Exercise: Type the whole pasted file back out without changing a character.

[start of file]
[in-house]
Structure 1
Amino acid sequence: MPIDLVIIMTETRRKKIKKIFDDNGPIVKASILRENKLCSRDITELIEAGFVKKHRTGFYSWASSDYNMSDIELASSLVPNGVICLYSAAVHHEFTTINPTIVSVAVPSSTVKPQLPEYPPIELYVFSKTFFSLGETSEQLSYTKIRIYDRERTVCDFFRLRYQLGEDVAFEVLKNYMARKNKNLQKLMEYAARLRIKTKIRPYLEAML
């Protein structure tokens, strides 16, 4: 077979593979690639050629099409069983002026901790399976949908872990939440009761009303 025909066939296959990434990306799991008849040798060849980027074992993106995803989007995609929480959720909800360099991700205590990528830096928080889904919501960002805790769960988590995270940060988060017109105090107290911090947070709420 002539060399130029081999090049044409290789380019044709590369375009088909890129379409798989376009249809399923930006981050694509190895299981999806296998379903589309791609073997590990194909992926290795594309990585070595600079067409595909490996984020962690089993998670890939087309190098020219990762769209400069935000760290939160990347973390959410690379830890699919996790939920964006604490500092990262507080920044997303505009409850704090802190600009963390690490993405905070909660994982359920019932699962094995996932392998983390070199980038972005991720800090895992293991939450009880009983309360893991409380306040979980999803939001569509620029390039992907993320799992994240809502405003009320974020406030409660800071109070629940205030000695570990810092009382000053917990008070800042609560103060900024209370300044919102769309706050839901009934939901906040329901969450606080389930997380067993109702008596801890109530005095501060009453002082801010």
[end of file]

[in-house]
Structure 1
Amino acid sequence: MPIDLVIIMTETRRKKIKKIFDDNGPIVKASILRENKLCSRDITELIEAGFVKKHRTGFYSWASSDYNMSDIELASSLVPNGVICLYSAAVHHEFTTINPTIVSVAVPSSTVKPQLPEYPPIELYVFSKTFFSLGETSEQLSYTKIRIYDRERTVCDFFRLRYQLGEDVAFEVLKNYMARKNKNLQKLMEYAARLRIKTKIRPYLEAML
């Protein structure tokens, strides 16, 4: 077979593979690639050629099409069983002026901790399976949908872990939440009761009303 025909066939296959990434990306799991008849040798060849980027074992993106995803989007995609929480959720909800360099991700205590990528830096928080889904919501960002805790769960988590995270940060988060017109105090107290911090947070709420 002539060399130029081999090049044409290789380019044709590369375009088909890129379409798989376009249809399923930006981050694509190895299981999806296998379903589309791609073997590990194909992926290795594309990585070595600079067409595909490996984020962690089993998670890939087309190098020219990762769209400069935000760290939160990347973390959410690379830890699919996790939920964006604490500092990262507080920044997303505009409850704090802190600009963390690490993405905070909660994982359920019932699962094995996932392998983390070199980038972005991720800090895992293991939450009880009983309360893991409380306040979980999803939001569509620029390039992907993320799992994240809502405003009320974020406030409660800071109070629940205030000695570990810092009382000053917990008070800042609560103060900024209370300044919102769309706050839901009934939901906040329901969450606080389930997380067993109702008596801890109530005095501060009453002082801010």